Why so many e-Portfolios?


Published on

Slides used at the recent JISC event "Telling e-Portfolio Stories 2009"

Published in: Education, Technology, Business
  • Be the first to comment

No Downloads
Total views
On SlideShare
From Embeds
Number of Embeds
Embeds 0
No embeds

No notes for slide

Why so many e-Portfolios?

  1. 1. Why so many differentE-Portfolios ?<br />Or a voyage of discovery into e-Portfolios and Lifelong LearningRay TolleyMaximise ICT Ltd<br />
  2. 2. Before looking at the number of e-Portfolios available to us, we should first look at the number of VLEs or Learning Platforms available to schools and colleges. And then reflect upon how many different implementations of e-Portfolios might be generated by each individual school’s VLE.<br />
  3. 3. FirstClass<br />How many differentVLEs do you recognise ?<br />
  4. 4. The first problem for those who want to use an e-Portfolio as a Lifelong learning tool is that in most cases where the e-Portfolio is embedded within the VLE it is not easily ‘portable’ between institutions.<br />Some may say that ‘interoperability’ will solve the problems of ‘portability’, however, we need to be careful about what can actually be ported from one system to another – very little in my view.<br />
  5. 5. Some 18 months ago, whilst investigating the impact of VLEs in schools, we asked the following question and the resultant graph on the next slide reveals a worrying state of affairs.<br />However, the responses for ‘setting up and testing’ are also of concern in that, when asked further, none of the respondents could actually describe the potential functions of their e-Portfolio apart from ‘showcasing’.<br />
  6. 6. Do you have an e-Portfolio system up-and-running? <br />
  7. 7. Based upon the previous concerns, the following slides summarise some of my research and findings as presented to Becta last year.<br />
  8. 8. An investigation into <br />the use of e-Portfolios in schools <br />particularly in Key Stage 4<br />by R J Tolley<br />30/04/2008<br />
  9. 9. Becta’s Mandate<br />‘By spring 2008 the DCSF expects your learners <br />to have access to a personal <br />online learning space.’<br />‘….with the potential to support an e-portfolio (provided by their local authority)’<br />….to support assessment for learning, personalisation….<br />Learner engagement…. e-portfolios…. Tools and services - providing communication tools such asemail, messaging, discussion forums and blogs.<br />
  10. 10. Definitions from JISC<br />‘Definitions of an e-portfolio tend to include the following elements:<br /><ul><li>A collection of digital resources;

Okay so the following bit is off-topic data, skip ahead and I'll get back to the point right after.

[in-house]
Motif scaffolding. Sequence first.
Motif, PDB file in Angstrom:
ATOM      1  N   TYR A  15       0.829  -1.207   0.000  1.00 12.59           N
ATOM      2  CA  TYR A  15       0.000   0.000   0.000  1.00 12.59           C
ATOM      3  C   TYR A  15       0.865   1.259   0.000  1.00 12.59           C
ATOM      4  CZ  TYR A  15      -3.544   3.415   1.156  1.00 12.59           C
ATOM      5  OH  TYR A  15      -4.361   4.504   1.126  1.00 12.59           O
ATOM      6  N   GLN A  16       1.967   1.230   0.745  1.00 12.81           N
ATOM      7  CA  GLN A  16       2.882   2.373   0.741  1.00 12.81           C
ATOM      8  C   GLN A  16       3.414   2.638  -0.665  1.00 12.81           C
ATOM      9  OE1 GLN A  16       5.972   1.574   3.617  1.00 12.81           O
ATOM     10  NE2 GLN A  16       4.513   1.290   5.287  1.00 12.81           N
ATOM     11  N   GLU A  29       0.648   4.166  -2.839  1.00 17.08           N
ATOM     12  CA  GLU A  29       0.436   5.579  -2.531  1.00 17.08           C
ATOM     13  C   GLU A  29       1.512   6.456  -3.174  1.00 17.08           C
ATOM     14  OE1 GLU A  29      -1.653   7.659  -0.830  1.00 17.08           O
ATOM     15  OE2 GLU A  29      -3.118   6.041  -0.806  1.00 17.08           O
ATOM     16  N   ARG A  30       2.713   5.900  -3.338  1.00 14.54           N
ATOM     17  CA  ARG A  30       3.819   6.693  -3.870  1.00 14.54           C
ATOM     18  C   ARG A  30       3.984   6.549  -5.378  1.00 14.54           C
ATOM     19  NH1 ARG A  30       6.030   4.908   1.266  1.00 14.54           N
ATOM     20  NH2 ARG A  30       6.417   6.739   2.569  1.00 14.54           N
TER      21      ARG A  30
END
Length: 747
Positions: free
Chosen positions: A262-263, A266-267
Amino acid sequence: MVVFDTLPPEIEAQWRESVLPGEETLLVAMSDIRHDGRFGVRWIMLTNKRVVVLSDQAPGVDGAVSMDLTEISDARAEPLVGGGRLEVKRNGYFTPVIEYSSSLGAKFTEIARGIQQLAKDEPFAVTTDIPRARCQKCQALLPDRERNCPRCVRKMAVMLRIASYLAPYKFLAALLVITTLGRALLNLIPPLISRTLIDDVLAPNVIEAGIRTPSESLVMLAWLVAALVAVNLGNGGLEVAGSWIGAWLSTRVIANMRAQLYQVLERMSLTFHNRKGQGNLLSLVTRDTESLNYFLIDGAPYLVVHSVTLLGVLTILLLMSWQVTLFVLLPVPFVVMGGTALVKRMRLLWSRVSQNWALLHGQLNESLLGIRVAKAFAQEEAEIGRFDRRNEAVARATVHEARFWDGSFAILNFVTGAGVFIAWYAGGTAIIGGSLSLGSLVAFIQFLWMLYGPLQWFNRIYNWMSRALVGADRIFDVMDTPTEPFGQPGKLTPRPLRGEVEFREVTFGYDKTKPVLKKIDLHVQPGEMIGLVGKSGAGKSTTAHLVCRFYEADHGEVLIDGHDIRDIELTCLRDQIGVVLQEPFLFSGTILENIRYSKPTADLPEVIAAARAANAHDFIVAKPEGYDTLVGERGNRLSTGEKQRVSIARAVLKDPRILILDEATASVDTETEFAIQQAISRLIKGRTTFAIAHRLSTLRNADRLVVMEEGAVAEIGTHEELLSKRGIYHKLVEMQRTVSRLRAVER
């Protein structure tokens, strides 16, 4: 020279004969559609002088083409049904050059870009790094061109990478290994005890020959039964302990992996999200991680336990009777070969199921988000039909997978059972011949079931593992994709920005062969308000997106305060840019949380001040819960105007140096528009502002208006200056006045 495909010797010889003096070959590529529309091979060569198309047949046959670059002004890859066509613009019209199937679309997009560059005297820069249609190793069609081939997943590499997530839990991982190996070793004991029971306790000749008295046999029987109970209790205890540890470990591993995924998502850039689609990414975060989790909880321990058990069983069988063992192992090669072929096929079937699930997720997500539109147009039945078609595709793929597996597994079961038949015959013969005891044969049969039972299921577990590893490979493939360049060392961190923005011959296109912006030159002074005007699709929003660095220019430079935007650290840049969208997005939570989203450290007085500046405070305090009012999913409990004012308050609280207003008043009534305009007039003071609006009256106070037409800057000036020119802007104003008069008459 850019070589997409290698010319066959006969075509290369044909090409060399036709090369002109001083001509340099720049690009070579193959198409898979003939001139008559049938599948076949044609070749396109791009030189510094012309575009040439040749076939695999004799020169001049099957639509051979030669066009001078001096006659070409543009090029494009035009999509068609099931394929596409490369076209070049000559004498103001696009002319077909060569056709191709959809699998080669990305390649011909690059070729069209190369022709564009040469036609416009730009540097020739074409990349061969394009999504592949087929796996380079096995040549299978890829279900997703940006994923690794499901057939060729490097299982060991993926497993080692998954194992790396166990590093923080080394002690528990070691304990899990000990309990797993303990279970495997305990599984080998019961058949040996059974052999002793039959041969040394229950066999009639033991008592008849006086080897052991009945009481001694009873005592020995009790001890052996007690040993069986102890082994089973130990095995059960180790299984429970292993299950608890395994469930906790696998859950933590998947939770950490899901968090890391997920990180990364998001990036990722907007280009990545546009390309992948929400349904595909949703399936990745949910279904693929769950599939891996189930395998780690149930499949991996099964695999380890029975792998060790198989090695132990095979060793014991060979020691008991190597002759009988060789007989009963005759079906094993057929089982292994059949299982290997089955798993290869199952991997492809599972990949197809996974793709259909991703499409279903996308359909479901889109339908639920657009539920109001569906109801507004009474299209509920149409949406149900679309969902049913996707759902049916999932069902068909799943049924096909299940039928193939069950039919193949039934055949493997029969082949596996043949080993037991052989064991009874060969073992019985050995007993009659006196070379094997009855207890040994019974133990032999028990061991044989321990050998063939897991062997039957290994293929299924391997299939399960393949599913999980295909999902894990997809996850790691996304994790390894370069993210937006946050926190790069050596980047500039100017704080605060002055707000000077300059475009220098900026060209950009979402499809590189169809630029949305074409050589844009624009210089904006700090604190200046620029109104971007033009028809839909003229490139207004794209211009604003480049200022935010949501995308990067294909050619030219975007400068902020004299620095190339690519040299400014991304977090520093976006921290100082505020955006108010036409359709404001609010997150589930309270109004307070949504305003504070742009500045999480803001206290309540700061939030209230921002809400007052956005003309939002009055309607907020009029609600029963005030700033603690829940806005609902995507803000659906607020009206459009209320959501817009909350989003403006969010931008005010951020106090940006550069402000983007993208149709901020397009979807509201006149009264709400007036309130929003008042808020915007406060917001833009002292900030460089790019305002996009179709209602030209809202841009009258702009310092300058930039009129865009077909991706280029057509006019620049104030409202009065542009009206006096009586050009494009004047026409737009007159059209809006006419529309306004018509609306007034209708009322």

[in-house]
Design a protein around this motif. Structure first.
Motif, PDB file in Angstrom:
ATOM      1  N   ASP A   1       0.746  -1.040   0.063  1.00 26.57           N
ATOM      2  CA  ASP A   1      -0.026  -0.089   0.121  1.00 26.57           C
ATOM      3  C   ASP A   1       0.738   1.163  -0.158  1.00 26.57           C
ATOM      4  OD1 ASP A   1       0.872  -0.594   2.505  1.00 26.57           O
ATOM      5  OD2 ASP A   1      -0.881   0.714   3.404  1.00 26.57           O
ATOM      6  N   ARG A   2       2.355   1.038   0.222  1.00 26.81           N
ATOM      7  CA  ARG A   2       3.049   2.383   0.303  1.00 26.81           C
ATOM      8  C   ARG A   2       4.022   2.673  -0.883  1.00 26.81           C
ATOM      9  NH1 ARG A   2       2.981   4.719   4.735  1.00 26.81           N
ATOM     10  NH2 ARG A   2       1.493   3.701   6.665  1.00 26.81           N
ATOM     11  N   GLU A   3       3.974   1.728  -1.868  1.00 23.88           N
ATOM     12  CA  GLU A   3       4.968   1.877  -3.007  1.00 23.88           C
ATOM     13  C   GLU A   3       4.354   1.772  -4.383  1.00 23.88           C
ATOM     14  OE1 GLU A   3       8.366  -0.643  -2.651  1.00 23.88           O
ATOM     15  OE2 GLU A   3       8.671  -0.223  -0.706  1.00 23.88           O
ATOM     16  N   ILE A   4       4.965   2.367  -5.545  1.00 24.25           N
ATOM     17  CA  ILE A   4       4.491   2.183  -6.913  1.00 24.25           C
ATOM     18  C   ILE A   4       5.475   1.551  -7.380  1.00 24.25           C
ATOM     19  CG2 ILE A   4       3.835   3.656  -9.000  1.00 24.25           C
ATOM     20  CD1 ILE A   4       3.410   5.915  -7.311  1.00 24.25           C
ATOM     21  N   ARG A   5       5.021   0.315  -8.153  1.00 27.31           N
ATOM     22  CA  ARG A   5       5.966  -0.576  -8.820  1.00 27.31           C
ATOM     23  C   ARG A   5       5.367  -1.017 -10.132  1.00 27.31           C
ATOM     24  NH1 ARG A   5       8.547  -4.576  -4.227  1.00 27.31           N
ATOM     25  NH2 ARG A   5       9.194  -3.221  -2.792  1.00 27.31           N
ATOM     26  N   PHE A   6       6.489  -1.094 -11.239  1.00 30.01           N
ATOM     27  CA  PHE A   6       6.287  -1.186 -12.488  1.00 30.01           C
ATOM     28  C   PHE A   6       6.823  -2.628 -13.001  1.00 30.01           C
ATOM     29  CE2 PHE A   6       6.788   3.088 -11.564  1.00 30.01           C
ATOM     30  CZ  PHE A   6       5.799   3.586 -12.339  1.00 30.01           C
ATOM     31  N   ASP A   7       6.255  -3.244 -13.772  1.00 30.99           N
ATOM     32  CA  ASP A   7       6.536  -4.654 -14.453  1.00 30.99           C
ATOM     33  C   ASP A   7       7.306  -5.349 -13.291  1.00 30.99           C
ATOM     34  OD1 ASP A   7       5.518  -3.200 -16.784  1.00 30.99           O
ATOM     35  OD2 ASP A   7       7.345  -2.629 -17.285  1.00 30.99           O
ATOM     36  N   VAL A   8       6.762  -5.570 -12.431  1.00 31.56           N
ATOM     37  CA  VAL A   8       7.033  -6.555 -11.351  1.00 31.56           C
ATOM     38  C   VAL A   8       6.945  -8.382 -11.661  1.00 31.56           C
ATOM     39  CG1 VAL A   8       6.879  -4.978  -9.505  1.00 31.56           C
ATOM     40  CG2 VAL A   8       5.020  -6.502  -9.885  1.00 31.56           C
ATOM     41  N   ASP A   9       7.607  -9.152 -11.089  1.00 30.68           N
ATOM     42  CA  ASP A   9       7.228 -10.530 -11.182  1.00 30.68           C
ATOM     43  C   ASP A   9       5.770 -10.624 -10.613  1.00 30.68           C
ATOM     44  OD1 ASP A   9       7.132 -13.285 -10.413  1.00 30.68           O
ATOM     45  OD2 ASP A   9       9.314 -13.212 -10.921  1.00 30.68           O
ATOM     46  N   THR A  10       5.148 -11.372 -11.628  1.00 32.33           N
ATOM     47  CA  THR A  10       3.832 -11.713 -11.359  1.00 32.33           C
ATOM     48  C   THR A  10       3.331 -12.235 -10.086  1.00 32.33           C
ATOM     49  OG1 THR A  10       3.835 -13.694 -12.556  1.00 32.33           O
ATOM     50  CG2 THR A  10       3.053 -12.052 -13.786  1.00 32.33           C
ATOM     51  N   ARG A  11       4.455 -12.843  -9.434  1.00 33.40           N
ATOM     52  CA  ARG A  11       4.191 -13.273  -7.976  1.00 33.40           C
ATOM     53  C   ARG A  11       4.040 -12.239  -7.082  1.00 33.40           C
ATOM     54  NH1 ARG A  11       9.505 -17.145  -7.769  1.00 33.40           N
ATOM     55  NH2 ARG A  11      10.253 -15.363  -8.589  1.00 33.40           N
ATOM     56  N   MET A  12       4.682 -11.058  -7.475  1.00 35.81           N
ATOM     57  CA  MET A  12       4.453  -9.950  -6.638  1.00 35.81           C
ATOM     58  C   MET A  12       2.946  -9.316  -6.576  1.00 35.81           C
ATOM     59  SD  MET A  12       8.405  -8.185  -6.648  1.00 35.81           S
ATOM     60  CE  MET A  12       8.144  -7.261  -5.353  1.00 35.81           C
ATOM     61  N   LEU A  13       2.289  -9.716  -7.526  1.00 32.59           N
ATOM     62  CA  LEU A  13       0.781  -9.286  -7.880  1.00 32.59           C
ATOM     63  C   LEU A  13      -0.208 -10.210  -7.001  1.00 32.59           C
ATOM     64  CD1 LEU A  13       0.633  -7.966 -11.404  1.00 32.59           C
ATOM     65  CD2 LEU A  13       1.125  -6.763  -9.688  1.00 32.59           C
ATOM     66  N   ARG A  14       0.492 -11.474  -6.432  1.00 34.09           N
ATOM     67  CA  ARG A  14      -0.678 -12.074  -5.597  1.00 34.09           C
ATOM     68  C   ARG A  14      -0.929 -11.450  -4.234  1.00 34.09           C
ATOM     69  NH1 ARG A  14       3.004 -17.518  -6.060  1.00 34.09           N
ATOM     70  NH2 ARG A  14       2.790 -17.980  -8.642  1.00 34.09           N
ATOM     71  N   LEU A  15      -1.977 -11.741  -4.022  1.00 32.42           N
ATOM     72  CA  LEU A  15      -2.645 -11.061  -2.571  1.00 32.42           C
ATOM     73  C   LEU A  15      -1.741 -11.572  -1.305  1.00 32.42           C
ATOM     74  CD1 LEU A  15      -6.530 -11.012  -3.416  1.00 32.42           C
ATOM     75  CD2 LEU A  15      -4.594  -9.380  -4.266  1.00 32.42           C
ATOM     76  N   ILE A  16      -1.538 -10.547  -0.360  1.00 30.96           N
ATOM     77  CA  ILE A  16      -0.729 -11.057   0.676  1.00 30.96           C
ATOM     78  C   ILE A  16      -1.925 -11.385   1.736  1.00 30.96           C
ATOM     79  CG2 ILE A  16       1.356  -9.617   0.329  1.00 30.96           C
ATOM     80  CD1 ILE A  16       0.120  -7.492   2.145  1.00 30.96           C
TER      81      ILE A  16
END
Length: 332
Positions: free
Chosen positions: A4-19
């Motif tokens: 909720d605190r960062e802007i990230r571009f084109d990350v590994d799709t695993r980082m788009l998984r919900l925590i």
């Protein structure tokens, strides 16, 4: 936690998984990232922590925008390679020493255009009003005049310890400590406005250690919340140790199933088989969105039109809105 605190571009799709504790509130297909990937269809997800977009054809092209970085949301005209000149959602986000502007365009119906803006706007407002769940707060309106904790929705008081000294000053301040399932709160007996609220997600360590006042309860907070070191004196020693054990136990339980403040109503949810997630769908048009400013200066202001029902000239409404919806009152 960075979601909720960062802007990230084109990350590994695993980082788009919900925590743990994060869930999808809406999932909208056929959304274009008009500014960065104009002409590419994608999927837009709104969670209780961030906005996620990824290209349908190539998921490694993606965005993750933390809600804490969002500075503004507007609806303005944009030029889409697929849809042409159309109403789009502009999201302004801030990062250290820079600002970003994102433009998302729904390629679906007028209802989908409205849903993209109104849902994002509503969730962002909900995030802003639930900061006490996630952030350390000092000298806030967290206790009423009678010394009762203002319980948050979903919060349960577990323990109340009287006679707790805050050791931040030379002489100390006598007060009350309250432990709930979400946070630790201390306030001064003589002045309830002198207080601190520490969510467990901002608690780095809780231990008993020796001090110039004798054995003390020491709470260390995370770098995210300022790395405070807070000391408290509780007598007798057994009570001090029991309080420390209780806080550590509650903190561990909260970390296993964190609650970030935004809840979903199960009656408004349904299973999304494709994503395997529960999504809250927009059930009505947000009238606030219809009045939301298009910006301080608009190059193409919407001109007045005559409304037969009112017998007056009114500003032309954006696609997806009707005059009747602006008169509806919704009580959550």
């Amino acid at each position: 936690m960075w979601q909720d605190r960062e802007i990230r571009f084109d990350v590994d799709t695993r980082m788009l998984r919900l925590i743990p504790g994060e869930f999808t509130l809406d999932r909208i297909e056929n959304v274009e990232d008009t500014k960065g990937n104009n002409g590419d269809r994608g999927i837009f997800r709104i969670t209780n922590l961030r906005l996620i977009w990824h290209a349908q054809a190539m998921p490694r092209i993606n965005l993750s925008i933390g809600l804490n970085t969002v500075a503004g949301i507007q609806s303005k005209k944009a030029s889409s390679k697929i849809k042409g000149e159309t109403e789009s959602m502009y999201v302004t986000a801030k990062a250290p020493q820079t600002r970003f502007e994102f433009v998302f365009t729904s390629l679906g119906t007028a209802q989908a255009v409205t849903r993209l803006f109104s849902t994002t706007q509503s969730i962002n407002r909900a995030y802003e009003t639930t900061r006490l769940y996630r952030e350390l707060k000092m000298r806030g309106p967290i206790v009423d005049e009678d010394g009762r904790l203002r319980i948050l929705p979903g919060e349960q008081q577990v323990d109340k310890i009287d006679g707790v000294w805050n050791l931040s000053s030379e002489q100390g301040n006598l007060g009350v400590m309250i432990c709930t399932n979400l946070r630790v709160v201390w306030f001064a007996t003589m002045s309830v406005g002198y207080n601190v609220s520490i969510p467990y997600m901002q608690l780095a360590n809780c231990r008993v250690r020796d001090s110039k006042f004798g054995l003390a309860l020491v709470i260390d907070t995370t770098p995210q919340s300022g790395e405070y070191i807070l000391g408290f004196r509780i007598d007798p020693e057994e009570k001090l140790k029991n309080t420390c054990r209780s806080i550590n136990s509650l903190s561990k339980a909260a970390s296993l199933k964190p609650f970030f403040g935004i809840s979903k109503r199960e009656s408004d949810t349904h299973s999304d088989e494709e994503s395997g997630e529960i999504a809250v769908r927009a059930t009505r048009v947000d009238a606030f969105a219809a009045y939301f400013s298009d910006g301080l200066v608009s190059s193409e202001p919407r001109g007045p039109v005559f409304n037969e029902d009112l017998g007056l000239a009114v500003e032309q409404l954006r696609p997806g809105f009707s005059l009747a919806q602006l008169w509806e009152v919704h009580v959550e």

11. 11. That provide evidence of an individual’s progress and achievements;
  12. 12. Drawn from both formal and informal learning activities;
  13. 13. That are personally managed and owned by the learner;
  14. 14. That can be used for review, reflection and personal development planning;
  15. 15. That can be selectively accessed by other interested parties e.g. teachers, peers, assessors, awarding bodies, prospective employers.’</li></ul>Helen Beetham (2005) http://www.jisc.ac.uk/uploaded_documents/eportfolio_ped.dochttp://www.jisc.ac.uk/uploaded_documents/eportfolio_ped.doc<br />
  16. 16. From Dr Helen Barrett<br />Mirror Map Sonnet<br />Theoretical Act Story Journey<br />Laboratory Test Showcase<br /> Celebration of Learning Across the Lifespan<br /> Comparison with Financial Portfolios<br /> Campfires around which we tell our stories<br />My digital clone My work companion My butler <br />My dashboard My planner Toothbrush<br />My IPR manager Caterpillar Confessional<br />Kaleidoscope Window(s) Tail-end-Charlie<br />Gatekeeper Constant Companion Festival<br />http://electronicportfolios.org/metaphors<br />
  17. 17. From Evangeline Stefanakis<br />To see how portfolios can be a Window into the Learner’s Mind, it takes time to examine the student’s work and accompanying reflections. It may be helpful to first review the work, then the reflections, and then go back to the work to see what students did (visible in the work sample), along with how they did it and what they learned (in the reflection).<br />‘Multiple Intelligences and Portfolios’<br />
  18. 18. Problem-Identification<br />Problem-Solving<br />Communicating Solutions<br />Multiple Intelligences<br />and Assessment<br />Ethical-Spiritual<br />Idea from ‘Multiple Intelligences & Portfolios’ by Evangeline Stefanakis<br />
  19. 19. contexts<br />needs<br />expectations<br />pleasure<br />feelings<br />physical<br />desires<br />social<br />intellectual<br />fun<br />interests<br />aspirational<br />cognitive<br />rational<br />aesthetics<br />The Joy of e-Learning<br />Idea from a dissertation by Eva de Lera, University of Cataluña<br />
  20. 20. 19th Century thinking for 21st Century technology?<br />Schools and Further Education<br /><ul><li>Old perceptions of what media an e-Portfolio might contain,